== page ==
Nate Gable lurks over at http://www.bersatalk.com his work is exceptional and I own several of his holsters. I am partial to using him since he served our country in the Corp for 8 years.
Quote: "You use Neatsfoot on the holsters. Have they retained their mold? I've read Neatsfoot will loosen up a molded holster. "
I keep hearing this also but didn't know about such things when I made my first holster 38 years ago. Haven't seen any softening of my holsters yet but I don't fit them quite as tight as those by top modern holster makers. If I ever get around to making a field holster for my Marvel conversion unit on 1911 frame, I will probably not use Neatsfoot oil if I can find a good Cordovan dye/finish. Such finger intensive work is not as easy these days as it used to be. Fingers get tired/sore quicker and I have to space out the work.
I figured you wouldn't use it if it didn't work for you But great to hear your experience with it on your holsters.
I know what you mean about sire fingers. Only my right hand is good so doing any tedious work is really difficult. I would like to find a reasonable leather sewing machine. It would drastically reduce the pain (assuming I don't sew my fingers to the leather) and speed up production time.
On another note, dye - I'm trying to work out a brown dye from scratch. I don't have access to leather dyes around here so I'm trying to go about using the vinegar methods. Any ideas?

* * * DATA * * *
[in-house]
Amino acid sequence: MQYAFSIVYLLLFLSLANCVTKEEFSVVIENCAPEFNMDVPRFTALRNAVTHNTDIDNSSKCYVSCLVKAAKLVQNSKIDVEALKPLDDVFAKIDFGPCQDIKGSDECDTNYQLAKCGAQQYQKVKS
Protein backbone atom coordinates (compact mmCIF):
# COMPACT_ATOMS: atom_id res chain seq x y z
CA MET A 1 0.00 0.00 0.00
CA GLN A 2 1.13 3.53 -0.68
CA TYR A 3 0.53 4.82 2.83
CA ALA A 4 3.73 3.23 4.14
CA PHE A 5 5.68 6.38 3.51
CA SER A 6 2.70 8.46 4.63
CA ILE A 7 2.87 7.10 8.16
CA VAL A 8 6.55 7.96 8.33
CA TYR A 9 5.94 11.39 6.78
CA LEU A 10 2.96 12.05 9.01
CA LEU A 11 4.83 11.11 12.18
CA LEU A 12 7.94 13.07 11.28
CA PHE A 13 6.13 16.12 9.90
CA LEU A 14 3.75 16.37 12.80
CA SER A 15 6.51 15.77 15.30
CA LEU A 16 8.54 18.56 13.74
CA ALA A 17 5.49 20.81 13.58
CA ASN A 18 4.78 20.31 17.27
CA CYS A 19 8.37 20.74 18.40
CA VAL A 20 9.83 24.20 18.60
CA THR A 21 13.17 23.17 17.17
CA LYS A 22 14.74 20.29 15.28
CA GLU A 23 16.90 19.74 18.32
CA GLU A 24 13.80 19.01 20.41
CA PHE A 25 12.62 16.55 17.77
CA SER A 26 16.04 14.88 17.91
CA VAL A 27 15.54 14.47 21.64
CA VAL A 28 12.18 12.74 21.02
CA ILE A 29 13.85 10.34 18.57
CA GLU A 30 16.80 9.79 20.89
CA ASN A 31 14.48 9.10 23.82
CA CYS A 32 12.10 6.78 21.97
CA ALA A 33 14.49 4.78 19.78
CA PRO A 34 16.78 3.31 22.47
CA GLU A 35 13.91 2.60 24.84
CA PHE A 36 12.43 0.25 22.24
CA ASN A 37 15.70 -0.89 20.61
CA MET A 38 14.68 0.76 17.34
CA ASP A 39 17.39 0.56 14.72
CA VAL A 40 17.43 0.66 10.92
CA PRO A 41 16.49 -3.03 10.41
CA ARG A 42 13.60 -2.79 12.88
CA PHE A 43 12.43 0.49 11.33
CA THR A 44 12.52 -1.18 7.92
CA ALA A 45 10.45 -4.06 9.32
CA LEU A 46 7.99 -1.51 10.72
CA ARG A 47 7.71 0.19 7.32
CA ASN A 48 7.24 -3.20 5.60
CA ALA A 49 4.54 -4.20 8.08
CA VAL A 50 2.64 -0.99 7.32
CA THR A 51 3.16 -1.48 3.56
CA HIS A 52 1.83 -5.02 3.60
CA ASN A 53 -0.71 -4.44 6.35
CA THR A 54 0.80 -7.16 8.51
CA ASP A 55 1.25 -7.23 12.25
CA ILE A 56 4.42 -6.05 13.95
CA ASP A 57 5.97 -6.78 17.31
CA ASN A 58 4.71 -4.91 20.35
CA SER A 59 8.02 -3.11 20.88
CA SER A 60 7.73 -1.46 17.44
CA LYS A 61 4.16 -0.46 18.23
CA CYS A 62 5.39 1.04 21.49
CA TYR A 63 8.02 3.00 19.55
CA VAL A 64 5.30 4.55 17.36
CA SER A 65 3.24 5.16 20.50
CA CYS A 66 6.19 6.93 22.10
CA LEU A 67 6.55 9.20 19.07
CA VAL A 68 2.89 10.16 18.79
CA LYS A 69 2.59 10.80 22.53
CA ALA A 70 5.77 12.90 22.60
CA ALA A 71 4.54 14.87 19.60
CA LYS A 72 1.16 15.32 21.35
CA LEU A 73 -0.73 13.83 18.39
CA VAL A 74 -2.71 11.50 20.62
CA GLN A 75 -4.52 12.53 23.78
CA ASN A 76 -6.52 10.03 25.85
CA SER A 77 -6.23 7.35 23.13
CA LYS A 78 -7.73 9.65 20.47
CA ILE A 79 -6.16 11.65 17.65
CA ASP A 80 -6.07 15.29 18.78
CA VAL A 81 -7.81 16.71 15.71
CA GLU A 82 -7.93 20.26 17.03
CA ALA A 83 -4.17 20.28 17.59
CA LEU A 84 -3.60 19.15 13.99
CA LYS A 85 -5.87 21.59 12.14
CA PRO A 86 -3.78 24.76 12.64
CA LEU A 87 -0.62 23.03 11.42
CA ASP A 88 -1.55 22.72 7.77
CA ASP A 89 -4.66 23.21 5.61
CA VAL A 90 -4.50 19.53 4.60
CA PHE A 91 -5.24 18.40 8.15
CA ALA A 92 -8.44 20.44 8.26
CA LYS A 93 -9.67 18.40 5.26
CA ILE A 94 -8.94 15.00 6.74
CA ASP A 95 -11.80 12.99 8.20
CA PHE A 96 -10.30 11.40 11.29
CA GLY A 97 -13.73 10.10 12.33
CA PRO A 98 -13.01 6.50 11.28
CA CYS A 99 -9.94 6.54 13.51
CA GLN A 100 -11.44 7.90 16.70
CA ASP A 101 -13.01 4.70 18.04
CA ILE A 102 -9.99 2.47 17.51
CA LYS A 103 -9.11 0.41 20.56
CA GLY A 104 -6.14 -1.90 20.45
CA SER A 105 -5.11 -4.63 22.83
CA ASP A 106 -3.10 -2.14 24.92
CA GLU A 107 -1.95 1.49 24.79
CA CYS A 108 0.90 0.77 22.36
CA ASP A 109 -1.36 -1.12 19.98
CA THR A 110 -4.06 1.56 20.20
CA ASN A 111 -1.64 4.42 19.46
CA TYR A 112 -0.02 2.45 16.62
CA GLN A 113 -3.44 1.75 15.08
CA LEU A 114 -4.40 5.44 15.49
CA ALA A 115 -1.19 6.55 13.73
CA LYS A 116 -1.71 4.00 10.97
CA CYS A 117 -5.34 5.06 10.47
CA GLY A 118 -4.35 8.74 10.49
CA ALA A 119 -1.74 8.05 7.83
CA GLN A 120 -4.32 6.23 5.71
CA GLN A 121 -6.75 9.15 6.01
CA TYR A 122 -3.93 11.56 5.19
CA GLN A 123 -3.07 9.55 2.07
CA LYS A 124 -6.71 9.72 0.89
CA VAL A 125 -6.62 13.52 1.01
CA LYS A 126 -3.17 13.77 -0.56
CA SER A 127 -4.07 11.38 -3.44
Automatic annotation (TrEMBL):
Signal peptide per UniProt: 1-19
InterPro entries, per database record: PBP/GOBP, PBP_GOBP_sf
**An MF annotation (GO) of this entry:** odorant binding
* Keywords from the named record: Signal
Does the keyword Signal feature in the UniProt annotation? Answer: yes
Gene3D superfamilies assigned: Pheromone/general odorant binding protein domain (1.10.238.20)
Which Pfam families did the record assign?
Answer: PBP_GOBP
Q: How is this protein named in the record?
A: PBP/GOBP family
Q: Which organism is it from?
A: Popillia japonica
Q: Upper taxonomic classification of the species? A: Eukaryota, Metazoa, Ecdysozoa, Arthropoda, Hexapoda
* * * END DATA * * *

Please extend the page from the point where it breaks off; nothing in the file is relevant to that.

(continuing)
Longtooths, Nate does some fine work with the holsters. Oh and everybody loves a Marine
"Reasonable leather sewing machine?" The only time I tried checking on those, the answers were mostly laughter. Seemed that "reasonable" didn't fit with "leather sewing machine". Hope you have better luck than I did.
Sorry, I'm totally blank on dyes, home made or otherwise. That is one reason I used Neatsfoot Oil as it didn't require a separate dye. Have you tried searching the ubiquitous Internet for some recipes? Or is there any source available to you in Japan for leather dyes/finishes/info? I think they do such work there but don't know how to go about inquiring. A.G. Russell (of A.G. Russell Knives: http://www.agrussell.com/index.html has some contacts/sources in Japan for knives, leather knife sheaths, etc. Don't know if he would/could put you in touch with someone there or not but you could send him an e-mail at:
Ahh, I think a reasonable machine can be had. I was looking through youtube and this guy has some interesting items http://www.shop.raphaelsewing.com/
From what I've seen, a grand for a setup does not seem completely unreasonable when compared to most guns these days can easily cost $800 out the door. So, a machine is right on the edge of practical I think. But it can be the top of the hill in deciding to go for more production type setup.
Prior to seeing the above site, I figured a sewing machine was out of the question.
Thanks for the contact info for Russell. I've got a few more experiments on dyes I'm running so if I don't find a satisfactory solution, I'll send him an email. I looked through JPN websites, found a couple good sites for supplies, the rest were focused on selling produced goods. Unfortunately dye selection on those sites was all Feibing's, which is what I did not want